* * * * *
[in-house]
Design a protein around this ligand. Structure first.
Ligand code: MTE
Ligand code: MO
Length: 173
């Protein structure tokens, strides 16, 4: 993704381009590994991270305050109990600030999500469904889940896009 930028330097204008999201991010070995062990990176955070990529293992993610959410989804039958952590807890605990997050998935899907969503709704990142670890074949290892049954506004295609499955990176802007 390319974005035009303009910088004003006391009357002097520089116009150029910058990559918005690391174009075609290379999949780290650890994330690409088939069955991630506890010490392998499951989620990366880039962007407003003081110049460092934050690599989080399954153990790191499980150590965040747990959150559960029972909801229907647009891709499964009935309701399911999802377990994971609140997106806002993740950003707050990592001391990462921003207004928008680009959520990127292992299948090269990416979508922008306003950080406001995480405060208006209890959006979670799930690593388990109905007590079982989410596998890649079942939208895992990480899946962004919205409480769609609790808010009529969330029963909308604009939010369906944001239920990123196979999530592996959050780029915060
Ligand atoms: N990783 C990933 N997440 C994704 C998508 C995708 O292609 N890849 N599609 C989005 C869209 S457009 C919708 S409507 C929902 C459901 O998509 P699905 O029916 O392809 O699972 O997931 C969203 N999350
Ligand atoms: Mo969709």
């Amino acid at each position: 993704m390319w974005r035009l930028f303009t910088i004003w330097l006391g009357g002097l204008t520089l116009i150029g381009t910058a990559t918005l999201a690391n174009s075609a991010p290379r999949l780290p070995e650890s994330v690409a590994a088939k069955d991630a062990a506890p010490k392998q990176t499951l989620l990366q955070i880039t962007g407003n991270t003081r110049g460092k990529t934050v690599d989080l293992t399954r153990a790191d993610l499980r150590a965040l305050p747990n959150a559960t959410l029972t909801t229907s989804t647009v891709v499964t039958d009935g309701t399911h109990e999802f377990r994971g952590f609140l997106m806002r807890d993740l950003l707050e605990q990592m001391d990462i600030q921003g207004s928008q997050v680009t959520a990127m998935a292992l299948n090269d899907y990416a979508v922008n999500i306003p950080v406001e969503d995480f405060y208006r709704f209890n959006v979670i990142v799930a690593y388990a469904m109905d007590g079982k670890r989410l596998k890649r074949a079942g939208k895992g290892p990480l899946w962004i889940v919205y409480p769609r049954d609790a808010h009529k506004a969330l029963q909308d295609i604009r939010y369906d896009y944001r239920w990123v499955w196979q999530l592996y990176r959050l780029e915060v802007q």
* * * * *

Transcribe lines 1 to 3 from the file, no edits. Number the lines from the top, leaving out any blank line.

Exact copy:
[in-house]
Design a protein around this ligand. Structure first.
Ligand code: MTE